Sometimes all it takes is a few well chosen words to lift our mood and give us perspective. Sister Stan's new book, 'Day By Day', is a collection of meditations that soothe the soul, along with contributions from figures such as poet Brendan Kennelly, producer/director Lelia Doolan and psychologist and founder of Headstrong, Dr Tony Bates, whose essay on kindness and its part in the practice of mindfulness, features below.
Mindfulness always sounds a lot easier than it is. At first glance, the invitation to pause, to breathe and to enjoy the present moment sounds positively blissful.
But when we decide to give it a chance, we are seldom prepared for the resistance we encounter.
There is something about choosing to bring our awareness to our experience that can unsettle our psychological equilibrium. It's as if our minds have made a deal to leave us alone once we don't look too deeply.
Bringing a here-and-now awareness to our inner life can mean facing feelings, memories and wounds that we would rather deny and disown. So we may find ourselves rehearsing any number of reasons why today is often not quite the right time to meditate. While we may revel in talking about its psychological benefits, our actual practice may fall short of what we preach.
When we do 'take our seat' to meditate, anxiety can surface. In turn, our natural tendency towards distraction becomes even more pronounced. We may sit there fantasising about anything and everything to avoid what is right before our eyes.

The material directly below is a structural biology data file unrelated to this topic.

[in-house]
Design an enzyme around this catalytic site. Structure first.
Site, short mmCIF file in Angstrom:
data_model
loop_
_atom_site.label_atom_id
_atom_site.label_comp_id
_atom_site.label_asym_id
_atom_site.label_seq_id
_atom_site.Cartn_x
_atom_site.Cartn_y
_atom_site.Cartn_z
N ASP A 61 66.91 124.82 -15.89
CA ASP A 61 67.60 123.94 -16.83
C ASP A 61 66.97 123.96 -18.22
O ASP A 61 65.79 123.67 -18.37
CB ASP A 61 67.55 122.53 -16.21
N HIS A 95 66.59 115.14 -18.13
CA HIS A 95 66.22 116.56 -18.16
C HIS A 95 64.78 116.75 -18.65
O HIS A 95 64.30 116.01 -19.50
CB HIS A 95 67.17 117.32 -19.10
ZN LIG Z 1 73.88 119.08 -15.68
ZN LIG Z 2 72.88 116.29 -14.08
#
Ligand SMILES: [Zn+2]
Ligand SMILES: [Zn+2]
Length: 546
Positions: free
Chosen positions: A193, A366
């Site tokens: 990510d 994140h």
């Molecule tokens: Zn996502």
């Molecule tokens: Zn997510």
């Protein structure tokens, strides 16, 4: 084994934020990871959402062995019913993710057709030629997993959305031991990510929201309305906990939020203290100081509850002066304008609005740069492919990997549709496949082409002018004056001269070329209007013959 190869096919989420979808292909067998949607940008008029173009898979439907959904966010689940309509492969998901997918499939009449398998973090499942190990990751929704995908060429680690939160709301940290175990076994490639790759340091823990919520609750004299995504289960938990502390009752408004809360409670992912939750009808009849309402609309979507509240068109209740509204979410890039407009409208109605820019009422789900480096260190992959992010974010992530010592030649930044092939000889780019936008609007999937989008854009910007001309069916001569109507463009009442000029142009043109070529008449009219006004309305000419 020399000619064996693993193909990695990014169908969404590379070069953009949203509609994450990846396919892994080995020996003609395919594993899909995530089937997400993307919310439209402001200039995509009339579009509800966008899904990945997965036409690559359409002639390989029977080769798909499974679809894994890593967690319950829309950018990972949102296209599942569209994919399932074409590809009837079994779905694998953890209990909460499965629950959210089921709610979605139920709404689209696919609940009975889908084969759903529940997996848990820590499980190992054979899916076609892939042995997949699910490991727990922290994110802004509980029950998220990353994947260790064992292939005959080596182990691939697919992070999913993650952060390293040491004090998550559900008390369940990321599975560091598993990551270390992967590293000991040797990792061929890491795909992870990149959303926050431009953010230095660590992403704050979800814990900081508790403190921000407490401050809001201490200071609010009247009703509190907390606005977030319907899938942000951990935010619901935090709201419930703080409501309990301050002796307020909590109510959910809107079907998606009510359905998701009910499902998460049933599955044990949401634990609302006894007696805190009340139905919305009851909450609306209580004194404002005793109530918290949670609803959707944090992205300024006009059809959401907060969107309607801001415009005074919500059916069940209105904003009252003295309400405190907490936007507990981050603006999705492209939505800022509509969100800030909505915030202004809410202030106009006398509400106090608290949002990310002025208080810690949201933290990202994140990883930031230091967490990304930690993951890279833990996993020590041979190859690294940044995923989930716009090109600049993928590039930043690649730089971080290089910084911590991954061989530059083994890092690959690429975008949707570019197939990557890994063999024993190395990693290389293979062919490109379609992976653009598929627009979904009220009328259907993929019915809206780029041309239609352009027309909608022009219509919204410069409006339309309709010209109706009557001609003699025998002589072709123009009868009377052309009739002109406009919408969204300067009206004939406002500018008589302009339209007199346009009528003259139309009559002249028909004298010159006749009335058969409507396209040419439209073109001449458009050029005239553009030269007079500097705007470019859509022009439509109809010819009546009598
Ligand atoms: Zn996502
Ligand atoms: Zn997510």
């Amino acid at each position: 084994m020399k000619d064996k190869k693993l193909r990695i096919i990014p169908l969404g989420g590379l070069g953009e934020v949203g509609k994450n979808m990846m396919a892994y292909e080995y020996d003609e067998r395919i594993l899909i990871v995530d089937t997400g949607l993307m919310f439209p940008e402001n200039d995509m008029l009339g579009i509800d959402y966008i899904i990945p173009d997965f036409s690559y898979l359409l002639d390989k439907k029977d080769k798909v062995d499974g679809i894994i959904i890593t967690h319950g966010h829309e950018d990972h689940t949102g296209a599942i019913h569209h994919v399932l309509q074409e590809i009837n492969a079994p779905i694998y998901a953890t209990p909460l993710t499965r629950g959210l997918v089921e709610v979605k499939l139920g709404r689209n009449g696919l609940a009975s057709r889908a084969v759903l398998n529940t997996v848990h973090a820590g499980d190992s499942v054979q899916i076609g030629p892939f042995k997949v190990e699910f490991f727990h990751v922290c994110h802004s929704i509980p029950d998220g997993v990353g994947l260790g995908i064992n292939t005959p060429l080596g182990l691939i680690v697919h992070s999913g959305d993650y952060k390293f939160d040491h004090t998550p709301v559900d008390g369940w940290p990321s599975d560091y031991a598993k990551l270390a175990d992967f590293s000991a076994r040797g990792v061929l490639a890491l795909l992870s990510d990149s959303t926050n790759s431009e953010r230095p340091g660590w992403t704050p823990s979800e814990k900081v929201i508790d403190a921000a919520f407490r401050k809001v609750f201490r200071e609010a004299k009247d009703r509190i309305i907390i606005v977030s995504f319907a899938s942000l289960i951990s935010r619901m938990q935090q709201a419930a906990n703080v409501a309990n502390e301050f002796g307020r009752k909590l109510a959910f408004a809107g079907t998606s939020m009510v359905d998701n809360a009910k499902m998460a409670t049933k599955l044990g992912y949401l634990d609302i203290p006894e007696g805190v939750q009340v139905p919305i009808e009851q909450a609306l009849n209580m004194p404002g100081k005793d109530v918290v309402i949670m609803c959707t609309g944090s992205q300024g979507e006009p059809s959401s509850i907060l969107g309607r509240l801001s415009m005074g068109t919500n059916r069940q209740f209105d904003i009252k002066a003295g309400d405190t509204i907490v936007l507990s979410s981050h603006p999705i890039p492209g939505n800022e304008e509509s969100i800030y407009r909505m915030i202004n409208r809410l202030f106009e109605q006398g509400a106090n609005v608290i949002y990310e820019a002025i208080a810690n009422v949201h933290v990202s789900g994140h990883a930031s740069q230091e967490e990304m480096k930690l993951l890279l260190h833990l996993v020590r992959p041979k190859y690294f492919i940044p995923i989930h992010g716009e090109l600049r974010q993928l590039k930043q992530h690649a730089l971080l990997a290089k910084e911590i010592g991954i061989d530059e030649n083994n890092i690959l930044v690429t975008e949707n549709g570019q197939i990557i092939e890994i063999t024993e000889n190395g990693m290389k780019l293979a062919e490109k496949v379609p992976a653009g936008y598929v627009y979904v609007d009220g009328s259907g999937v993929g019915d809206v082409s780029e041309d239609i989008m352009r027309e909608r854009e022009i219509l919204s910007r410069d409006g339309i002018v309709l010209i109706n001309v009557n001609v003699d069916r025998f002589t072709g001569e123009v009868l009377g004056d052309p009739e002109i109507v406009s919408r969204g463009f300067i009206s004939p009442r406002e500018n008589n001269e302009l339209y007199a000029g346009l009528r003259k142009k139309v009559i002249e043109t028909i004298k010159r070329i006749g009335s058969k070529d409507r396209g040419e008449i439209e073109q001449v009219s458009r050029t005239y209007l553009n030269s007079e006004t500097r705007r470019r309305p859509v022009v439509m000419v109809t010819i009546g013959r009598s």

Thankfully we are not the first generation to discover mindfulness and we are not the first to struggle with resistance. Many different traditions have identified kindness as the key quality of meditation that enables us to keep our seat. Many teachers of mindfulness have emphasised the need to infuse meditation with kindness, or as it is called in the Buddhist Theravada tradition, loving-kindness. They came to appreciate that kindness opens our practice and gives our inner lives room to breathe.
Without kindness, they knew that awareness could be a blunt instrument with which we could beat ourselves. So what is kindness? Intuitively we all recognise it when we see it. It's a fundamental part of our make-up that defines what is best about us. It is an energy that emanates straight from the heart. It is love, dressed in simple clothing. When we look at another with kindness, we see that person in a particular light.